The 2023 CDFA National Development Finance Summit highlighted the work of economic and community developers nationwide who are financing projects that are critical to community development and economic prosperity but not fully supported by institutional lenders.
Philadelphia was a great host city for the summit. Jodie Harris, president of Philadelphia Industrial Development Corporation (PIDC), welcomed us to Philadelphia—a city of “history, culture, pride, and passion”—and highlighted the redevelopment of the Philadelphia Navy Yard as a success story. In 1996, the closure of the Navy Yard resulted in the overnight loss of ten thousand jobs. PIDC took ownership of the site, which needed significant remediation and infrastructure improvements. For more than two decades, the industrial corporation, along with many partners, has revitalized the Navy Yard through a series of significant investments, thoughtful planning, and creative financing tools. The Navy Yard now hosts 150 companies and fifteen thousand jobs and was labeled by Politico as “the coolest shipyard in America.” The next phase of work will seek $6 billion worth of investment to create a life sciences and education hub, and prioritize equitable economic development through workforce training programs, contracting requirements for developers, and small business creation. (“How a DEI Focus Made the Philly Navy Yard’s First Residential Groundbreaking a Reality”)
The Navy Yard was a case study for common themes that continued across many of the planning, finance, and development projects highlighted by speakers: racial equity, future of work, and sustainability and resilience.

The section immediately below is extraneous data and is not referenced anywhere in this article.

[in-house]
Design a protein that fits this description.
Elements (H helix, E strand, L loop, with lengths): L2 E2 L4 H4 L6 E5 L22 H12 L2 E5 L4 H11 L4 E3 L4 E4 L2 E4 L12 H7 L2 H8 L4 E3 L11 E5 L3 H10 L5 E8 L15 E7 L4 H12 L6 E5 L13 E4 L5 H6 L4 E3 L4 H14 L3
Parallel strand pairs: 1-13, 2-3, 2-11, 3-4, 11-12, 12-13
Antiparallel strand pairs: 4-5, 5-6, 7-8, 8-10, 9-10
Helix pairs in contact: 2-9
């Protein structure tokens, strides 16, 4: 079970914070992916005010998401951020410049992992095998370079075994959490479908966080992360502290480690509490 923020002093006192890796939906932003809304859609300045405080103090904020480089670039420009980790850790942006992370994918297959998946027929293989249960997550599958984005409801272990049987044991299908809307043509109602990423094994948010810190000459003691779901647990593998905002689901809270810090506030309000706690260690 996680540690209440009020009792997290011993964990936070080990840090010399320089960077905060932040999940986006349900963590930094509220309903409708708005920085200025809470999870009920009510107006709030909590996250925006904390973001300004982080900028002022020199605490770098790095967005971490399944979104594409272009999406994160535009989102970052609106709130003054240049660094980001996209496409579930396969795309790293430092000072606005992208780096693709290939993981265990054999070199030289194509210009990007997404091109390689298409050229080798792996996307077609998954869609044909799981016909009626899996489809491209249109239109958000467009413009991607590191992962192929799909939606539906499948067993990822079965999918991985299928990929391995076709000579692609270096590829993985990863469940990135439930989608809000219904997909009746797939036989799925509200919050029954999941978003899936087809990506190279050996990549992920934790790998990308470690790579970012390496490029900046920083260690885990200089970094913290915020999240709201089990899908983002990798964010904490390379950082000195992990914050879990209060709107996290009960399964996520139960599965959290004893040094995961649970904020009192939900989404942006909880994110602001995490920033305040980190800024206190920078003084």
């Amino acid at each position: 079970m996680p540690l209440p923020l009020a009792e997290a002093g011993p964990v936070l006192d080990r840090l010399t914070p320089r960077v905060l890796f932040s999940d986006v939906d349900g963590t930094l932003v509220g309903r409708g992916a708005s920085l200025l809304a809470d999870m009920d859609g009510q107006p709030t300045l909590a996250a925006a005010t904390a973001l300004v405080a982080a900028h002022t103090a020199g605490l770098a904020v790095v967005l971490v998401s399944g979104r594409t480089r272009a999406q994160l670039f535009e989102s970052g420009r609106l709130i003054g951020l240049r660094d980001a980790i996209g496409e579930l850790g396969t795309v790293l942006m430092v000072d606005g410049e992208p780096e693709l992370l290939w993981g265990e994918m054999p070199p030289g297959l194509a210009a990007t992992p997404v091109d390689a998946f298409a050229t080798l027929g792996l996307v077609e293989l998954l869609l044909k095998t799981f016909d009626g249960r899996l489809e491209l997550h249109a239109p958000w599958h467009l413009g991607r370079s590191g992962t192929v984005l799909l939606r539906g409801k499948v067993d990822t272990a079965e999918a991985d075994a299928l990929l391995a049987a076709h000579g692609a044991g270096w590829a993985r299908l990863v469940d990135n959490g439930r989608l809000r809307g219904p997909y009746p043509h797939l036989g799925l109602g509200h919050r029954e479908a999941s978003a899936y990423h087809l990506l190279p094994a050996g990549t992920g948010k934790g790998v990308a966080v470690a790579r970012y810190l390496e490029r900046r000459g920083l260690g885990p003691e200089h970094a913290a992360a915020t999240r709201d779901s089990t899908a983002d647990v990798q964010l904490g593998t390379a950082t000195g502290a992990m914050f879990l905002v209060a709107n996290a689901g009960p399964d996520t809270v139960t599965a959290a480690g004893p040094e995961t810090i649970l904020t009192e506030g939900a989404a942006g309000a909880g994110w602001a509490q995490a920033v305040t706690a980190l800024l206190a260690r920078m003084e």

Equity — Olivia Barone, Neyli Castillo Suarez, Tonita McKnight, and Zaba Rashan shared their research into best practices for equitable lending. Their work explored challenges that small businesses face when accessing capital, and the guide they created provides a framework for commercial lenders to offer more equitable lending programs. This resource includes best practices, strategies, and initiatives to remove barriers and improve the availability of financing options for small businesses.
Future of Work — Speakers highlighted efforts to assist entrepreneurial and small-business activity, both through strategic partnerships and through specific financing tools like the $10 billion State Small Business Credit Initiative. Presenters also offered case study examples for financing critical worker supports like training, childcare, transportation, and workforce housing.
Sustainability and Resilience — CDFA submitted a $2 billion proposal to create a clean investment accelerator to help development finance agencies build their capacity to finance qualified projects that reduce or avoid greenhouse gas emissions and other air pollutants in low-income or disadvantaged communities.
The summit enabled practitioners to share creative approaches to lending. While there remain significant needs nationwide—a seven million housing unit shortage, a demand for additional childcare capacity, underinvestment in marginalized communities—this is an important and exciting time to be in this field. As one of my colleagues at the summit noted, there is now “more on both sides of the ledger—community need and capital availability—you just need to know where to look.”
Do you have a creative funding strategy you’re trying to bring to fruition? Are you looking for funding for a plan or idea and want to strategize? Fourth Economy helps small and large non-profit organizations, larger cities, municipal governments, and others plan, finance, and develop projects with equity, sustainability, and resilience at the forefront. Drop us a line today. We’d love to connect with you!